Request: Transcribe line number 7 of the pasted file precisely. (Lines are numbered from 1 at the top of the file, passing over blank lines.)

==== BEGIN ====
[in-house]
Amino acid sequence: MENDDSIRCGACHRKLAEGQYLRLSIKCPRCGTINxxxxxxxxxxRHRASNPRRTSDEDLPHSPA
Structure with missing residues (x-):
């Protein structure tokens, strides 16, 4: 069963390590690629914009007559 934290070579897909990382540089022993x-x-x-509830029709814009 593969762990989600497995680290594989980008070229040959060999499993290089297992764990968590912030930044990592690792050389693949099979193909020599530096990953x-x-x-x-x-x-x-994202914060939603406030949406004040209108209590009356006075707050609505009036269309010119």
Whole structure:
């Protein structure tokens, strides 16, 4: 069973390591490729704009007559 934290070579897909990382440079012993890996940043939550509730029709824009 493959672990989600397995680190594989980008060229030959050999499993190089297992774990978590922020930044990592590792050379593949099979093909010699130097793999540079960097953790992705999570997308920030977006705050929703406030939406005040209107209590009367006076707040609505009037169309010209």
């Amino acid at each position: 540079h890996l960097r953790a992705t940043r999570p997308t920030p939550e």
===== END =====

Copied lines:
């Amino acid at each position: 540079h890996l960097r953790a992705t940043r999570p997308t920030p939550e």